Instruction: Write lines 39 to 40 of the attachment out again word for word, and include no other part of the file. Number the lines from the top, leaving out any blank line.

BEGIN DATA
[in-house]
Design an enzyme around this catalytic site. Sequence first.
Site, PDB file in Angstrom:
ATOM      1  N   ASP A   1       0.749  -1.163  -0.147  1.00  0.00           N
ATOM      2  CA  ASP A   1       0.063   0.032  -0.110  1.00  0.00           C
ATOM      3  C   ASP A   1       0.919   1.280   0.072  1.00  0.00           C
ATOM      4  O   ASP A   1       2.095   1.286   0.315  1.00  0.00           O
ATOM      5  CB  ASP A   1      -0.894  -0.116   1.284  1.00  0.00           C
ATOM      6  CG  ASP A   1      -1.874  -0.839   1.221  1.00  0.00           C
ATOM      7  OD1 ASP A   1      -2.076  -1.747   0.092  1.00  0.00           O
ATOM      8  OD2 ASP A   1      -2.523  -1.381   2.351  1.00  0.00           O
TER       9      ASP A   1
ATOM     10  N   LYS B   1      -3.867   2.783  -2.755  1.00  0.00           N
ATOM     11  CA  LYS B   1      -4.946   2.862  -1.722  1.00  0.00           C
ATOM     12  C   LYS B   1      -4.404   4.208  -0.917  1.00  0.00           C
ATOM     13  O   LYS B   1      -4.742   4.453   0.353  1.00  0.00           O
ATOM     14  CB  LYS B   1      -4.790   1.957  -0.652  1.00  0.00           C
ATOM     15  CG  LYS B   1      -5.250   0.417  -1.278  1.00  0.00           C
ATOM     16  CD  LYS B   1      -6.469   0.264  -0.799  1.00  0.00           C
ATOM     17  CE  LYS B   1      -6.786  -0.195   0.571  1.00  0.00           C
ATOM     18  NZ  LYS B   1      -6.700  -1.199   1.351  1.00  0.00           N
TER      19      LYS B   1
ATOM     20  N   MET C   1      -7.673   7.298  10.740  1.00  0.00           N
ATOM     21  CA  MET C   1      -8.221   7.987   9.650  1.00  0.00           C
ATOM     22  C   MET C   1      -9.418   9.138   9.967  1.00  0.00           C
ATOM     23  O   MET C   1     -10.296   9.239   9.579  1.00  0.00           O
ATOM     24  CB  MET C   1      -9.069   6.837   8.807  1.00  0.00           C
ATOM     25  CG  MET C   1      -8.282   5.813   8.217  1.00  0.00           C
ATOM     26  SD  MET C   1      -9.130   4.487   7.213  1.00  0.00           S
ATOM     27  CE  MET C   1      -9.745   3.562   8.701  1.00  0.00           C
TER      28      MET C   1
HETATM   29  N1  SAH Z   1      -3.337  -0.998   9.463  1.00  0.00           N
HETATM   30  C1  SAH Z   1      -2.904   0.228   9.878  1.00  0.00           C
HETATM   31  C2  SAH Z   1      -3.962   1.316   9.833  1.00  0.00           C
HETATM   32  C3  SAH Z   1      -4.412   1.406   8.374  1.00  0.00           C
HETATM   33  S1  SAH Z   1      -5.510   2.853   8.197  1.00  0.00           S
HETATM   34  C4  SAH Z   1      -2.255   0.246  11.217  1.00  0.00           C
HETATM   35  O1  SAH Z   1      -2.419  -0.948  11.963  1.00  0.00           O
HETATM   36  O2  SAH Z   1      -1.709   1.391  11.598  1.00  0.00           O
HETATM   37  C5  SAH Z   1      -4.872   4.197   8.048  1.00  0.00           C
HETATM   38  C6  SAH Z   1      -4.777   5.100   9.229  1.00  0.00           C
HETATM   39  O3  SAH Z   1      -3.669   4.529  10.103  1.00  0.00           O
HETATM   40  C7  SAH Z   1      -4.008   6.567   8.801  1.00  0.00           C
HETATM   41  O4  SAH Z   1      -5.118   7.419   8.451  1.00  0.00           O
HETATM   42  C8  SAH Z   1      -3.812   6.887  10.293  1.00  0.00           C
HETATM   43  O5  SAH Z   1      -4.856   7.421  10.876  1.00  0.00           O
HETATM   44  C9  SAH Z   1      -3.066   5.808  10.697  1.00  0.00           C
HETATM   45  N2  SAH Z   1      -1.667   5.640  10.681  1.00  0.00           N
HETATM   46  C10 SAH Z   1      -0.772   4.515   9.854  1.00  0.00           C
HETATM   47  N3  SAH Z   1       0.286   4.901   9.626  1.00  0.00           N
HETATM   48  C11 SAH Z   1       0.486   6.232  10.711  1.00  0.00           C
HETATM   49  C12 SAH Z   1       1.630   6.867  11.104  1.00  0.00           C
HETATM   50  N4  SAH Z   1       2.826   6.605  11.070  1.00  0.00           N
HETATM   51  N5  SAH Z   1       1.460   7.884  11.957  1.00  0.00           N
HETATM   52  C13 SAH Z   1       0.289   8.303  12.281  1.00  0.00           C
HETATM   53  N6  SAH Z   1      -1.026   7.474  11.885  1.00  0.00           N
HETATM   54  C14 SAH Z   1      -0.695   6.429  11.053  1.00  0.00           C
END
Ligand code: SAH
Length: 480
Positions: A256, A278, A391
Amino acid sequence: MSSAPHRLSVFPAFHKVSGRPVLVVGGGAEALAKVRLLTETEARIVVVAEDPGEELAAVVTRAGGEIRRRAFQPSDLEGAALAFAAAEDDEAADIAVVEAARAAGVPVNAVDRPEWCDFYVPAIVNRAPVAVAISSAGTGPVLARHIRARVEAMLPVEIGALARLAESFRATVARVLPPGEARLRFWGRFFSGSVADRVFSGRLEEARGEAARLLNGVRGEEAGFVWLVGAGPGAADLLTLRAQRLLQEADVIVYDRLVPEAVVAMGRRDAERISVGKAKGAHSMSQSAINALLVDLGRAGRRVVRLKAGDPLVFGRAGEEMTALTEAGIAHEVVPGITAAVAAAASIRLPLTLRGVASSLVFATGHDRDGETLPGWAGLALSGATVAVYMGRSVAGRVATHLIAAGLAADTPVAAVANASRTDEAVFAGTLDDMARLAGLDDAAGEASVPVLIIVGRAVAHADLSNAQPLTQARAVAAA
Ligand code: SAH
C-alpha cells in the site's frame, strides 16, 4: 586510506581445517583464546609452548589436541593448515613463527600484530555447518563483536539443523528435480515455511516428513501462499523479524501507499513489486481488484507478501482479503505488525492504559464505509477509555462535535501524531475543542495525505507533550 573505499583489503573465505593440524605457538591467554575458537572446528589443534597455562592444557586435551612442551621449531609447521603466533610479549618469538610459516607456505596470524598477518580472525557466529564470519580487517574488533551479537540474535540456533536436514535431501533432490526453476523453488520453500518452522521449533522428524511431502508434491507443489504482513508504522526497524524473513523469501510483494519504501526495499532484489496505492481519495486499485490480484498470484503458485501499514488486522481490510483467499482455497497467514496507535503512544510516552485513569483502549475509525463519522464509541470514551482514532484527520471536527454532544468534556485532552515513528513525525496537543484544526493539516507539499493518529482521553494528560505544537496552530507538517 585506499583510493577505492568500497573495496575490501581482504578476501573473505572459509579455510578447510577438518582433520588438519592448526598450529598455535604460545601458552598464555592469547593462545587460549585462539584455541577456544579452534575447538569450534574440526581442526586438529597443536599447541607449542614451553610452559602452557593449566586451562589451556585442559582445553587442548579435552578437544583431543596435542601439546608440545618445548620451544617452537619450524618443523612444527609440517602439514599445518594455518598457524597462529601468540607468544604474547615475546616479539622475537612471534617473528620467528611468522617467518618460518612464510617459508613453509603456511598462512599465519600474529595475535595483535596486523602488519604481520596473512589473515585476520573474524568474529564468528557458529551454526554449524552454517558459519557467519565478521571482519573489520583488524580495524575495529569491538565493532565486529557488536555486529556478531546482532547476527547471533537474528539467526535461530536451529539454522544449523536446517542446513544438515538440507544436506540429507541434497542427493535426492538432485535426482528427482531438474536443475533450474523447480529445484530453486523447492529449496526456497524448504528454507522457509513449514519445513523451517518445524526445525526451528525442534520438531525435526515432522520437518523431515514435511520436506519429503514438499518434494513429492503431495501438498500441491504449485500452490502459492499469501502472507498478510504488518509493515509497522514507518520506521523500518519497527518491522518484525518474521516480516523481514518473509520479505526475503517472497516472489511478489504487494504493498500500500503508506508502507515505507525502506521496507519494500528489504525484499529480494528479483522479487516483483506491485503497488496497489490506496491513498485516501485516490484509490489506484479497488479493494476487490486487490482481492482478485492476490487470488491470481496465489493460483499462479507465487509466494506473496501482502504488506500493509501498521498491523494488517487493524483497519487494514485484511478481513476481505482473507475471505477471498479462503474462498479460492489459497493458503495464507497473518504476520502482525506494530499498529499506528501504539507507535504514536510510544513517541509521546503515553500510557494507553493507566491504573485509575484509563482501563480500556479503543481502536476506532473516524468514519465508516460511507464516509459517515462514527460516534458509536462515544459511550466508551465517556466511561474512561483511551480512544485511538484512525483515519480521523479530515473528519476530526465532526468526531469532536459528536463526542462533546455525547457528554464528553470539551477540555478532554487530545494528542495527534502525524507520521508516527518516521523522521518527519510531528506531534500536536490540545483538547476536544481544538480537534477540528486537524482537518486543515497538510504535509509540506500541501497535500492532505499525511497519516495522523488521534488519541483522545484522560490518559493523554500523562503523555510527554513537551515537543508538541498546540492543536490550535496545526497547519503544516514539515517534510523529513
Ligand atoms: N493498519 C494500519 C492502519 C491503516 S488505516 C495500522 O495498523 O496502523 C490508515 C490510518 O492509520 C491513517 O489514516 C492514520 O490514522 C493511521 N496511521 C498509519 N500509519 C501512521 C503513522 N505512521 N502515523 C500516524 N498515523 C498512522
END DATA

HETATM   36  O2  SAH Z   1      -1.709   1.391  11.598  1.00  0.00           O
HETATM   37  C5  SAH Z   1      -4.872   4.197   8.048  1.00  0.00           C